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Estimated Effects of Early Diuretic Use in Critical Illness

Estimated Effects of Early Diuretic Use in Critical Illness

The main objectives of this study was to estimate the effects of diuretic use during the first 24 hours of an ICU stay on in-hospital mortality and other clinical outcomes including acute kidney injury (AKI) and duration of mechanical ventilation.

Adult patients admitted to medical or cardiac ICUs between 2001 and 2012, excluding those on maintenance dialysis or with ICU length of stay less than 24 hours.

13,589 patients were included in the study. 2,606 with and 10,983 without early diuretic use (loop diuretic exposure during the first 24 hr of an ICU stay). Propensity score matching generated 2,523 pairs with well-balanced baseline characteristics.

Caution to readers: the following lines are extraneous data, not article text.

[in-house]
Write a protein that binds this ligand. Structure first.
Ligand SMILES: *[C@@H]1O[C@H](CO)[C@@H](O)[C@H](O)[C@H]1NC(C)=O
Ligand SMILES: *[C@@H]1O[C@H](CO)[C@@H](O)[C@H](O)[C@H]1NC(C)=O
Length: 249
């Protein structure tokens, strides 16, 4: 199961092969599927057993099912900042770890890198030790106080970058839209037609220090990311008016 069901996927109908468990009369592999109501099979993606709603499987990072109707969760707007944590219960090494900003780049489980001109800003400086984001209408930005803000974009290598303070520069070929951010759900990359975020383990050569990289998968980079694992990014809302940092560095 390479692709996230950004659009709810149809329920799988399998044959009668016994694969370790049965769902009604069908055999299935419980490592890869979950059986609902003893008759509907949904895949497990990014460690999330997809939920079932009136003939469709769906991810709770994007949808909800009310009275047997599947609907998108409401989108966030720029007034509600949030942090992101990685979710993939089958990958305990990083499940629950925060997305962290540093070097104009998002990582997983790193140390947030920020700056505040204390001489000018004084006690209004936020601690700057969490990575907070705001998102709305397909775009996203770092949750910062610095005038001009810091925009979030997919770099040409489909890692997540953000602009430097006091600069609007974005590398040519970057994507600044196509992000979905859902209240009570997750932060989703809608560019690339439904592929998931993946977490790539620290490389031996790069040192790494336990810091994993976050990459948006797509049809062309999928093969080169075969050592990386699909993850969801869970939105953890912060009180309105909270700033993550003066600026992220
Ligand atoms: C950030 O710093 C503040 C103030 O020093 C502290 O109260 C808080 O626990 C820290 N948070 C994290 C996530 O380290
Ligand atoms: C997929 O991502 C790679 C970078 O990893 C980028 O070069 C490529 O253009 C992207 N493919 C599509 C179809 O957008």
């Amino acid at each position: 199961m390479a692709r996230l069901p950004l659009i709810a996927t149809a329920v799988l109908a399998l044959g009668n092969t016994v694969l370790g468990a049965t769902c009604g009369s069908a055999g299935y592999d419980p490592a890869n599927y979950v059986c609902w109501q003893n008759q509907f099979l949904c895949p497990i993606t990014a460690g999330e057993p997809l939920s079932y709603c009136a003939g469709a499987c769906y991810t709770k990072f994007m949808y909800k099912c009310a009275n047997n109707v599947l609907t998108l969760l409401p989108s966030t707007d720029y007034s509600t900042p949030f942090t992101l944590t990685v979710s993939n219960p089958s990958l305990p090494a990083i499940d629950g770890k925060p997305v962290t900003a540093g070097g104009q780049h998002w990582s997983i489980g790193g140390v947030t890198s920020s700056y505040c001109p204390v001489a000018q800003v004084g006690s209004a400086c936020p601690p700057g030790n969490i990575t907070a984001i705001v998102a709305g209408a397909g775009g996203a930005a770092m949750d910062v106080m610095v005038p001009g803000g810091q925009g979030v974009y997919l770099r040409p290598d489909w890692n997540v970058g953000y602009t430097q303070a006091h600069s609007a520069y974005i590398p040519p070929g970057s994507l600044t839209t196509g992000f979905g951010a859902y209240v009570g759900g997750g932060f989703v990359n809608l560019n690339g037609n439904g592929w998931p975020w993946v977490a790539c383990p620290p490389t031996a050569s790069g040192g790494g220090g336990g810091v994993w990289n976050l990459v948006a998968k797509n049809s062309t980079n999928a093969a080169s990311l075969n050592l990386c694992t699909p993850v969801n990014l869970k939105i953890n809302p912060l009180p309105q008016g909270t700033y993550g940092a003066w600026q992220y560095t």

Early diuretic use in the ICU is common. No evidence of benefit to diuretic use in the first 24 hours after ICU admission, whether examined in the cohort overall or in subgroups with heart failure, CKD, or ALI that might be expected to derive greater benefit from early diuretic use.

Consistent and highly statistically significant adverse effects-AKI and electrolyte abnormalities—of early diuretic use were found.

The results suggest that diuretics may not have a net benefit on the first day of ICU admission.

August 12, 2019

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